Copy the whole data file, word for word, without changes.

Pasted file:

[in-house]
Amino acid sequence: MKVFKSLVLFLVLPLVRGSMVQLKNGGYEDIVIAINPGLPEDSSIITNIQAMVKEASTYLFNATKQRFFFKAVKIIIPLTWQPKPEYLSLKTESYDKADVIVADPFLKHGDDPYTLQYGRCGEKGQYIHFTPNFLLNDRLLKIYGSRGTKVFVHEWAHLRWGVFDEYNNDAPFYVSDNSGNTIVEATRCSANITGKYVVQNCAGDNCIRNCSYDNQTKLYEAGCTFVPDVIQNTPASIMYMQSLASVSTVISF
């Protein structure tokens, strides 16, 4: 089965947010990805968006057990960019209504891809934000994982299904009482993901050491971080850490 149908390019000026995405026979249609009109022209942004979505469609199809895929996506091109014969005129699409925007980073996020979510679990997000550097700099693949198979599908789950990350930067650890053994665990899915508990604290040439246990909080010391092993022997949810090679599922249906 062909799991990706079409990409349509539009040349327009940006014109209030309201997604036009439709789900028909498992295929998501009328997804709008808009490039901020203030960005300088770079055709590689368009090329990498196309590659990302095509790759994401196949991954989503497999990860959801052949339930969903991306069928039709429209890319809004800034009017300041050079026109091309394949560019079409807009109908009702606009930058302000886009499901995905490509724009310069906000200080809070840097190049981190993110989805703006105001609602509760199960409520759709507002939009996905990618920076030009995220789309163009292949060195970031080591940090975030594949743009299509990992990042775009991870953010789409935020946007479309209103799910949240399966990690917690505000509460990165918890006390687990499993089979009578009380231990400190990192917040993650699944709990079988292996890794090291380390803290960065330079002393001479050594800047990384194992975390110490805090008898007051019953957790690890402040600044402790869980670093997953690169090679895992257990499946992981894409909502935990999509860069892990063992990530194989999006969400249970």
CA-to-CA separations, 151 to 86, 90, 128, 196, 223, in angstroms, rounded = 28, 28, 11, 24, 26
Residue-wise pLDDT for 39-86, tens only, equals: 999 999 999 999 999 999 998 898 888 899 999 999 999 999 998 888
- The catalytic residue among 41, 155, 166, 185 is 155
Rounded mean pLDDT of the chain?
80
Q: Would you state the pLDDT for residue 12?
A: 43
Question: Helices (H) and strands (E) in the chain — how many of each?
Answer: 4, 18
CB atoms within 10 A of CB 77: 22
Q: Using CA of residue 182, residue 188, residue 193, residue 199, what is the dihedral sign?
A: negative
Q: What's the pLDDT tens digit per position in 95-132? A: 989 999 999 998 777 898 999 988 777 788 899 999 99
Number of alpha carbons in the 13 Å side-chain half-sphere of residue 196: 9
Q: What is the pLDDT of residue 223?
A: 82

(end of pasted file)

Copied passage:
[in-house]
Amino acid sequence: MKVFKSLVLFLVLPLVRGSMVQLKNGGYEDIVIAINPGLPEDSSIITNIQAMVKEASTYLFNATKQRFFFKAVKIIIPLTWQPKPEYLSLKTESYDKADVIVADPFLKHGDDPYTLQYGRCGEKGQYIHFTPNFLLNDRLLKIYGSRGTKVFVHEWAHLRWGVFDEYNNDAPFYVSDNSGNTIVEATRCSANITGKYVVQNCAGDNCIRNCSYDNQTKLYEAGCTFVPDVIQNTPASIMYMQSLASVSTVISF
């Protein structure tokens, strides 16, 4: 089965947010990805968006057990960019209504891809934000994982299904009482993901050491971080850490 149908390019000026995405026979249609009109022209942004979505469609199809895929996506091109014969005129699409925007980073996020979510679990997000550097700099693949198979599908789950990350930067650890053994665990899915508990604290040439246990909080010391092993022997949810090679599922249906 062909799991990706079409990409349509539009040349327009940006014109209030309201997604036009439709789900028909498992295929998501009328997804709008808009490039901020203030960005300088770079055709590689368009090329990498196309590659990302095509790759994401196949991954989503497999990860959801052949339930969903991306069928039709429209890319809004800034009017300041050079026109091309394949560019079409807009109908009702606009930058302000886009499901995905490509724009310069906000200080809070840097190049981190993110989805703006105001609602509760199960409520759709507002939009996905990618920076030009995220789309163009292949060195970031080591940090975030594949743009299509990992990042775009991870953010789409935020946007479309209103799910949240399966990690917690505000509460990165918890006390687990499993089979009578009380231990400190990192917040993650699944709990079988292996890794090291380390803290960065330079002393001479050594800047990384194992975390110490805090008898007051019953957790690890402040600044402790869980670093997953690169090679895992257990499946992981894409909502935990999509860069892990063992990530194989999006969400249970």
CA-to-CA separations, 151 to 86, 90, 128, 196, 223, in angstroms, rounded = 28, 28, 11, 24, 26
Residue-wise pLDDT for 39-86, tens only, equals: 999 999 999 999 999 999 998 898 888 899 999 999 999 999 998 888
- The catalytic residue among 41, 155, 166, 185 is 155
Rounded mean pLDDT of the chain?
80
Q: Would you state the pLDDT for residue 12?
A: 43
Question: Helices (H) and strands (E) in the chain — how many of each?
Answer: 4, 18
CB atoms within 10 A of CB 77: 22
Q: Using CA of residue 182, residue 188, residue 193, residue 199, what is the dihedral sign?
A: negative
Q: What's the pLDDT tens digit per position in 95-132? A: 989 999 999 998 777 898 999 988 777 788 899 999 99
Number of alpha carbons in the 13 Å side-chain half-sphere of residue 196: 9
Q: What is the pLDDT of residue 223?
A: 82